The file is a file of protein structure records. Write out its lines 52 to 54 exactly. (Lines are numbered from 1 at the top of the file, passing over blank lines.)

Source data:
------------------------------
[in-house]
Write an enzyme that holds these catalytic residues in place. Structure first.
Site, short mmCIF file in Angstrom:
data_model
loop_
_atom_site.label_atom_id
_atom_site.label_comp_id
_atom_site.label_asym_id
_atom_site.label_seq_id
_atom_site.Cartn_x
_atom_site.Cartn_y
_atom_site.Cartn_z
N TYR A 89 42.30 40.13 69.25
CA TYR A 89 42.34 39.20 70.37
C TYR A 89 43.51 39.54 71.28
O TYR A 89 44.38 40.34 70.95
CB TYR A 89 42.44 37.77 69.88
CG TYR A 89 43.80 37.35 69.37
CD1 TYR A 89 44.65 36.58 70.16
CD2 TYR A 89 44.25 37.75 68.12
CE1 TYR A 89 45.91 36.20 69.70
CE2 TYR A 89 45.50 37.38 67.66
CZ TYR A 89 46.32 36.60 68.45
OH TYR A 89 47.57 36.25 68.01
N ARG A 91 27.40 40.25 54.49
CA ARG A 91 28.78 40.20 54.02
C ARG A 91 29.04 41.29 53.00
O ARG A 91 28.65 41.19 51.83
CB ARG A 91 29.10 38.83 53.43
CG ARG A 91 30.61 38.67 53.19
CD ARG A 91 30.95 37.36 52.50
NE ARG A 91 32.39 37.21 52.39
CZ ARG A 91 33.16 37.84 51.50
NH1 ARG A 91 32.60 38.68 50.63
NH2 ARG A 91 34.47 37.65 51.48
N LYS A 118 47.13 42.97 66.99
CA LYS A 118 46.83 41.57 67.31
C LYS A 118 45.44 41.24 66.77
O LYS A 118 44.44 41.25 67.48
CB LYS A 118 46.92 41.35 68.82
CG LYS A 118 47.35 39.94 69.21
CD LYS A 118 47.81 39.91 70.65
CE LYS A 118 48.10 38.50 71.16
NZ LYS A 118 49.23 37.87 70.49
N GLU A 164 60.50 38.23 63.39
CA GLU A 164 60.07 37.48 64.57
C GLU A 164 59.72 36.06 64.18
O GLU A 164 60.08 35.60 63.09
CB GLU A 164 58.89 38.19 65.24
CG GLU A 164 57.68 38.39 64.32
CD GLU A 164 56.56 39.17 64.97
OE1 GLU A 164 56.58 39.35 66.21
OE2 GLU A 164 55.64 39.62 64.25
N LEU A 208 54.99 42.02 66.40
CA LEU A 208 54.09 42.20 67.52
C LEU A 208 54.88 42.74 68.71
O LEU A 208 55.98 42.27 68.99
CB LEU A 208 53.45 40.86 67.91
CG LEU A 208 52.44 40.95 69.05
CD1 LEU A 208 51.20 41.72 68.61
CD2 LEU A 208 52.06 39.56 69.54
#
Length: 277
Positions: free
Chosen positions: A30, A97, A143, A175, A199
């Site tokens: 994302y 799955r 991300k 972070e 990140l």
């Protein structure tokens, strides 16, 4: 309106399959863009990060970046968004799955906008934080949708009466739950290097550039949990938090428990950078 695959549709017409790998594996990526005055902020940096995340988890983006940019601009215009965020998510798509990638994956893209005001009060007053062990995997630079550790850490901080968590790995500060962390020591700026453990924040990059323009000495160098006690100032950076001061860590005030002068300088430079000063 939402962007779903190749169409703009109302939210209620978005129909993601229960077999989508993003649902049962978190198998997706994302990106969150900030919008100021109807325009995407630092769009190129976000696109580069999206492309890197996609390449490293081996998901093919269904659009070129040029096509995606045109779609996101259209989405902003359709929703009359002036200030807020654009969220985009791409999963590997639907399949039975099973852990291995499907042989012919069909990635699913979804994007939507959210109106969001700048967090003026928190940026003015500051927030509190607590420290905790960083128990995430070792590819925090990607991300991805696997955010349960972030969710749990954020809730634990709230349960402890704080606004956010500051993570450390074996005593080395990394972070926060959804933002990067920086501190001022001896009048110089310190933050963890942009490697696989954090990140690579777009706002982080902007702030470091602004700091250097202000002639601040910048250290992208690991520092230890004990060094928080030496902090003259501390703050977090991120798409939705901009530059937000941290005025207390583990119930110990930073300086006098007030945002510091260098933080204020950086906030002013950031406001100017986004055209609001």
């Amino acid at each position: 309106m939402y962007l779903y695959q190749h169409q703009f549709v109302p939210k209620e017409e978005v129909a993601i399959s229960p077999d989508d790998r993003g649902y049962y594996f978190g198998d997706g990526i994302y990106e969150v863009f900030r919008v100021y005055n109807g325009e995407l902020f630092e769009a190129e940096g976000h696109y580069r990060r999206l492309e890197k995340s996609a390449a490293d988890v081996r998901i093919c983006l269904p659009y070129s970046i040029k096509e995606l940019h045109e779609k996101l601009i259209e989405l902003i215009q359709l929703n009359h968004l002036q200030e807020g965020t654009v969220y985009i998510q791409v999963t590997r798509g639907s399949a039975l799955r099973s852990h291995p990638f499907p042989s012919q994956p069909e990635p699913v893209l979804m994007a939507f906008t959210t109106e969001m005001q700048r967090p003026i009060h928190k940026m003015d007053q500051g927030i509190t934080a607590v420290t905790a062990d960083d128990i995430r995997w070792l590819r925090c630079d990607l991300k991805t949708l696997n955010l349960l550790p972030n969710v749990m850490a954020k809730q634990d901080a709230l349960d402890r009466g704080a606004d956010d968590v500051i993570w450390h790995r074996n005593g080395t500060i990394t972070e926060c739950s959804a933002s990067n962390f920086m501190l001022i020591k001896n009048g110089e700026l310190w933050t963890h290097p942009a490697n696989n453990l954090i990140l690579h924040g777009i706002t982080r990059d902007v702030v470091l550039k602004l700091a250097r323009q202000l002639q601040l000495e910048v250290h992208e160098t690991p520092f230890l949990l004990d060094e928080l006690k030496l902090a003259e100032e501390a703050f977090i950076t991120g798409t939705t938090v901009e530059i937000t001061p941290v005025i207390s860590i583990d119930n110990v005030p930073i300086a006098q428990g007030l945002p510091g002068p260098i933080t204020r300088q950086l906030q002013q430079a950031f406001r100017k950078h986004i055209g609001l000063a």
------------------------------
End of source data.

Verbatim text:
OE1 GLU A 164 56.58 39.35 66.21
OE2 GLU A 164 55.64 39.62 64.25
N LEU A 208 54.99 42.02 66.40